National security adviser Condoleezza Rice (search) forcefully disputed on Sunday an assertion that President Bush decided in early January 2003 to invade Iraq, three months before official accounts say the decision was made.
The statement, in Washington Post reporter Bob Woodward's (search) new book about the run-up to war, is "simply not, not right," Rice said.
Bush told reporters a prime-time news conference on March 6 that a U.N. Security Council resolution authorizing action was days away. Ten days later, having failed to win approval, the resolution was withdrawn, and the assault began March 20.
Rice did not deny the private conversation between her and Bush just after New Year's Day in which Woodward said the decision was made, but she said the writer had misinterpreted what was said.
She said Woodward also misread another comment attributed to her, that since Defense SecretaryDonald H. Rumsfeld (search) knew of the "go" decision and Secretary of State Colin Powell (search) did not, perhaps Bush should tell Powell.
In the January meeting, Rice said on CBS' "Face the Nation," she and Bush were at the president's ranch in Crawford, Texas, considering the Iraq situation. In such sessions, she said, Bush "kind of thinks out loud."
"He said, `No, I think we probably are going to have to go to war. We're going to have to go to war.' And it was not a decision to go to war," Rice said. "That decision he made in March, when he finally decided to do that."
She said the Powell misunderstanding grew from her comment to Bush that "If you're beginning to think that the diplomacy is not working, it's probably time to have a conversation with the secretary of state. I'm sure he would have, in any case."
Rice said she meant that Bush should ask Powell "his sense of how the diplomacy was going" and that Bush had thought diplomacy would not succeed.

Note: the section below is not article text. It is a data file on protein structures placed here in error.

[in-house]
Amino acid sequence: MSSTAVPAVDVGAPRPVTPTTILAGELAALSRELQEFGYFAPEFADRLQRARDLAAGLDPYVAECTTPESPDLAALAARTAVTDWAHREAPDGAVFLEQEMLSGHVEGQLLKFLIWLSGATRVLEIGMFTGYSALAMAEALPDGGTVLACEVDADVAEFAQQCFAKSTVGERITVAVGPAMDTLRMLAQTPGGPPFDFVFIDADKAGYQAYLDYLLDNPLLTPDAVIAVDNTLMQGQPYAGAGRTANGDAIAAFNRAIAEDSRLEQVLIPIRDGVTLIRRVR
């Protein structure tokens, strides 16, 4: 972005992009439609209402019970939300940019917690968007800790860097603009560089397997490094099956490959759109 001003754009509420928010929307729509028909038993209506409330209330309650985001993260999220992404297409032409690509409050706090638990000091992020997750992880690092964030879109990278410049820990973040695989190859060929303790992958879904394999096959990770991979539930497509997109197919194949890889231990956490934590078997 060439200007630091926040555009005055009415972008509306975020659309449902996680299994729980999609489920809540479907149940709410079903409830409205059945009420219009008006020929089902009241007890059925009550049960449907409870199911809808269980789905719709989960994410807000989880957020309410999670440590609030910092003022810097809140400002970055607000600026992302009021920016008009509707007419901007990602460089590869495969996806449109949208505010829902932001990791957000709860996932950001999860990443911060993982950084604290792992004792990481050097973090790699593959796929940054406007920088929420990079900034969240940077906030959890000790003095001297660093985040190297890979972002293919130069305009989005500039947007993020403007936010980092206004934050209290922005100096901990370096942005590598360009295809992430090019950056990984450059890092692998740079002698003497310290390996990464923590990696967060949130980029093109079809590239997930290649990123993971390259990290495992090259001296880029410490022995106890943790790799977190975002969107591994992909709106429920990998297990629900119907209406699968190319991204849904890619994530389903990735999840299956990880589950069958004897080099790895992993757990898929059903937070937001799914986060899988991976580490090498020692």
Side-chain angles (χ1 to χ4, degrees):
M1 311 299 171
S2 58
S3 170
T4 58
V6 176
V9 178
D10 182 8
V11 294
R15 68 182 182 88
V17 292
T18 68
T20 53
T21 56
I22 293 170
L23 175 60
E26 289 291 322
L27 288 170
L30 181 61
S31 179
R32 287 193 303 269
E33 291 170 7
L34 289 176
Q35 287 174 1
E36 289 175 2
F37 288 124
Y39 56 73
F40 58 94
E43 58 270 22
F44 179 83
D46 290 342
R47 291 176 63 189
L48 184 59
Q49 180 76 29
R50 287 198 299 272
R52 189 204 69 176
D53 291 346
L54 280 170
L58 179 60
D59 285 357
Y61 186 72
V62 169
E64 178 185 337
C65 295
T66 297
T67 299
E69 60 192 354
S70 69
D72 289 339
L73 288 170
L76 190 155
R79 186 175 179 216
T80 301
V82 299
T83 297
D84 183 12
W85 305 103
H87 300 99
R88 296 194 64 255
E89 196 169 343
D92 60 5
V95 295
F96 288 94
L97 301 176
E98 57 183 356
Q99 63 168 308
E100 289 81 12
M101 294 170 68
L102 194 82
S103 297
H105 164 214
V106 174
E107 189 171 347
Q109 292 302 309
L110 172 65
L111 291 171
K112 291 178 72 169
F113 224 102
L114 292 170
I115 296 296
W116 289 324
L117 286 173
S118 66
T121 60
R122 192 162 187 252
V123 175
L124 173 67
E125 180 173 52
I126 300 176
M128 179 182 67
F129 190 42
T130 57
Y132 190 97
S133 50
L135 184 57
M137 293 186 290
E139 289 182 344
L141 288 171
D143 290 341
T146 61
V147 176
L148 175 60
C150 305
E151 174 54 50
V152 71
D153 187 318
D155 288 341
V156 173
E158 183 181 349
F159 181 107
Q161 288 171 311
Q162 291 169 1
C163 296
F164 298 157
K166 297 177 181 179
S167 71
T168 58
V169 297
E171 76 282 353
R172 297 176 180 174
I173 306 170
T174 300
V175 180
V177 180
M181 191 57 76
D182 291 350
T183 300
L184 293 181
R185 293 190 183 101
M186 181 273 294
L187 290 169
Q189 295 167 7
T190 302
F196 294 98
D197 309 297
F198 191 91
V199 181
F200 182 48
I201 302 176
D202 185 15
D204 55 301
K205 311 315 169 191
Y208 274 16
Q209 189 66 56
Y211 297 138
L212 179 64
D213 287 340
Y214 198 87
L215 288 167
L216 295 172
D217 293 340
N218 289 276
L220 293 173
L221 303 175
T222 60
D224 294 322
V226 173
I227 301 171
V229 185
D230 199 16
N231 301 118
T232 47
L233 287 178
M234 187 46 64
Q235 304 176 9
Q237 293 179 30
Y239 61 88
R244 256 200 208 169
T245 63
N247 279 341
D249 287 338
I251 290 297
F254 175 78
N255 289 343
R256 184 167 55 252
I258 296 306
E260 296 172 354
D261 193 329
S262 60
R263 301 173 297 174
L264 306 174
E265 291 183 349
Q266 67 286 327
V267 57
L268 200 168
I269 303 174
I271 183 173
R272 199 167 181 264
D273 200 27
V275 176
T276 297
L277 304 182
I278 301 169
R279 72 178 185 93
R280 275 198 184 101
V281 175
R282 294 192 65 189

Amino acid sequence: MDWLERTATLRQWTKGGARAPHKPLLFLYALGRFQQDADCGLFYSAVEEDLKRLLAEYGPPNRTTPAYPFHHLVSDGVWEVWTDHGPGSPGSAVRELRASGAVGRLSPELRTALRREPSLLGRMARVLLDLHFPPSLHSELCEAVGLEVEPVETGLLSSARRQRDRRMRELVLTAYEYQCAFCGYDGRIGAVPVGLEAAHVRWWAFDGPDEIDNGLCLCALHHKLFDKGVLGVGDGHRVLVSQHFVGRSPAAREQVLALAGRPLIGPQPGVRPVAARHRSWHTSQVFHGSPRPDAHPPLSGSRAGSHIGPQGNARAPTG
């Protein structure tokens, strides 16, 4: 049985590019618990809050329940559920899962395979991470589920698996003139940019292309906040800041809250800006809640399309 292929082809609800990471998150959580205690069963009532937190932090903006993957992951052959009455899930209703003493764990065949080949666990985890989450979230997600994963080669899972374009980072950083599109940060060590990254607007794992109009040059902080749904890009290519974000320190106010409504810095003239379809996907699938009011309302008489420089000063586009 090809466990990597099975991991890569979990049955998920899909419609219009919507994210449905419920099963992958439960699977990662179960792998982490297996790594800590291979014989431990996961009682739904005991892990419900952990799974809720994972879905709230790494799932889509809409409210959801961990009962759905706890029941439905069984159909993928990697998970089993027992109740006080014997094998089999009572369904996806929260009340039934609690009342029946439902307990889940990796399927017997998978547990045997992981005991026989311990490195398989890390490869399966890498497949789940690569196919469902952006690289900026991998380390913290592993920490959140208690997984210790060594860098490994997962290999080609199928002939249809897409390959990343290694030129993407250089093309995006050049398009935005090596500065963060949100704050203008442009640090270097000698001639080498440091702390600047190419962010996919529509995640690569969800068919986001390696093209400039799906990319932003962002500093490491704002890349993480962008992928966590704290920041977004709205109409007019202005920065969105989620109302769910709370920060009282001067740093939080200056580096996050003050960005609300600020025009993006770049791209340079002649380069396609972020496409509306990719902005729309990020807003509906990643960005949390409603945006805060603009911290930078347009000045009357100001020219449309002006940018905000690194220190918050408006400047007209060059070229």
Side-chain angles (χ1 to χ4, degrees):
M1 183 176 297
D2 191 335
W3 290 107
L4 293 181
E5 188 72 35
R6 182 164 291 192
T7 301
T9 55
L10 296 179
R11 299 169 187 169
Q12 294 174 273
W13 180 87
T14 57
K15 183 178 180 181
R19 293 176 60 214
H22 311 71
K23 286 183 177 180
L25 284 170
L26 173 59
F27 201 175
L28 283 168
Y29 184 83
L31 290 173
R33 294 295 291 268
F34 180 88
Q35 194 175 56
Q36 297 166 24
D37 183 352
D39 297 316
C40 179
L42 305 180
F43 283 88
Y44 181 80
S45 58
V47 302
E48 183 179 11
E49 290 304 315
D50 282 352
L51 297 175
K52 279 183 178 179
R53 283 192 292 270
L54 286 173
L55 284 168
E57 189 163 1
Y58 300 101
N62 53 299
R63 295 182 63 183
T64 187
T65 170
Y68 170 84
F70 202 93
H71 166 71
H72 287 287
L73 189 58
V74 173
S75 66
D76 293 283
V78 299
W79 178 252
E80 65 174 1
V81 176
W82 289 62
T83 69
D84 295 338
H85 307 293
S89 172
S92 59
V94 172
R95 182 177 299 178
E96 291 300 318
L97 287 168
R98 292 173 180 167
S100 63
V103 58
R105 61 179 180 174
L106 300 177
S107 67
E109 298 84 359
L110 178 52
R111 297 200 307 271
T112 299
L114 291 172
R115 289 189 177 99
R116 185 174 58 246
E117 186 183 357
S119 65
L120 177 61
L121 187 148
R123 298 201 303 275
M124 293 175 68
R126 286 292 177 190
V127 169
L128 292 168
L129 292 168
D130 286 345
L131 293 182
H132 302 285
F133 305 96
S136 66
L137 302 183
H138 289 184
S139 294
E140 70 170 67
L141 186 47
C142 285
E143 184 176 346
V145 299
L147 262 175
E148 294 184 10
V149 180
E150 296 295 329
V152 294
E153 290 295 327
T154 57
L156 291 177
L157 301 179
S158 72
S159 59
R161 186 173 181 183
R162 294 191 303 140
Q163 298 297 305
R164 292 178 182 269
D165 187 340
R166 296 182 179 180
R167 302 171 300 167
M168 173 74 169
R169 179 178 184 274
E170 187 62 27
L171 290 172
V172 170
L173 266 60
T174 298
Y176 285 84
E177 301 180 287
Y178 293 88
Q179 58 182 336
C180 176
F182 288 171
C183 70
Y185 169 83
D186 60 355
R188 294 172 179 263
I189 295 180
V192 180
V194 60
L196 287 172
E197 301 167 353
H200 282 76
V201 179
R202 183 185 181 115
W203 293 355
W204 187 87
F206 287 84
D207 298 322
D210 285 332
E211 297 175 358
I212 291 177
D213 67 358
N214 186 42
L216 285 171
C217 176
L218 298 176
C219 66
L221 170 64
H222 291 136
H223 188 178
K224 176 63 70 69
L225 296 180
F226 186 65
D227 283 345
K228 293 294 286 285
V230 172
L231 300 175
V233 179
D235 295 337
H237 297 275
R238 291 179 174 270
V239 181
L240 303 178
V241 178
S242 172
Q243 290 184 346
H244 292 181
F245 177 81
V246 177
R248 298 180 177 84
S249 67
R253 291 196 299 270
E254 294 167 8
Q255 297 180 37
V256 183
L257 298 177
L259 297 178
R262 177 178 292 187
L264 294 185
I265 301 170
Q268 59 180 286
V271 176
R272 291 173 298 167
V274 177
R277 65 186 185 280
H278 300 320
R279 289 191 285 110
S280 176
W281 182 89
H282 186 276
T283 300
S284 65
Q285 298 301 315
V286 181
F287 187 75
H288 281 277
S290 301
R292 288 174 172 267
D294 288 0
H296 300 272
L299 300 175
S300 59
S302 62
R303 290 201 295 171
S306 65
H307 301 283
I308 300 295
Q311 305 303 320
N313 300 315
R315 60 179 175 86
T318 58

"But I just want it to be understood: That was not a decision to go to war. The decision to go to war is in March. The president is saying in that conversation, I think the chances are that this is not going to work out any other way. We're going to have to go to war.
Woodward also wrote in "Plan of Attack" that Rumsfeld, Vice President Dick Cheney (search) and Air Force Gen. Richard Myers, chairman of the Joint Chiefs of Staff, told Prince Bandar bin Sultan (search), the Saudi ambassador to Washington, about the war plan on Jan. 11. That was two days before Bush told Powell, Woodward wrote.
"I just can't let this impression stand," Rice said. "The secretary of state was privy to all of the conversations with the president, all of the briefings for the president. They were in almost daily contact about what was going on at the United Nations."
She was asked: "So he knew that Bandar was being told?"
"I certainly knew, and I suspect that Colin would not have been surprised, going through the Gulf War experience, that one of the allies that you had to be certain understood what might happen if the president decided to go to war was the Saudis," Rice said.
"But it's just not the proper impression that somehow Prince Bandar was in the know in a way that Secretary Powell was not. It's just not right. Secretary Powell had been privy to all of this. He knew what the war plan was."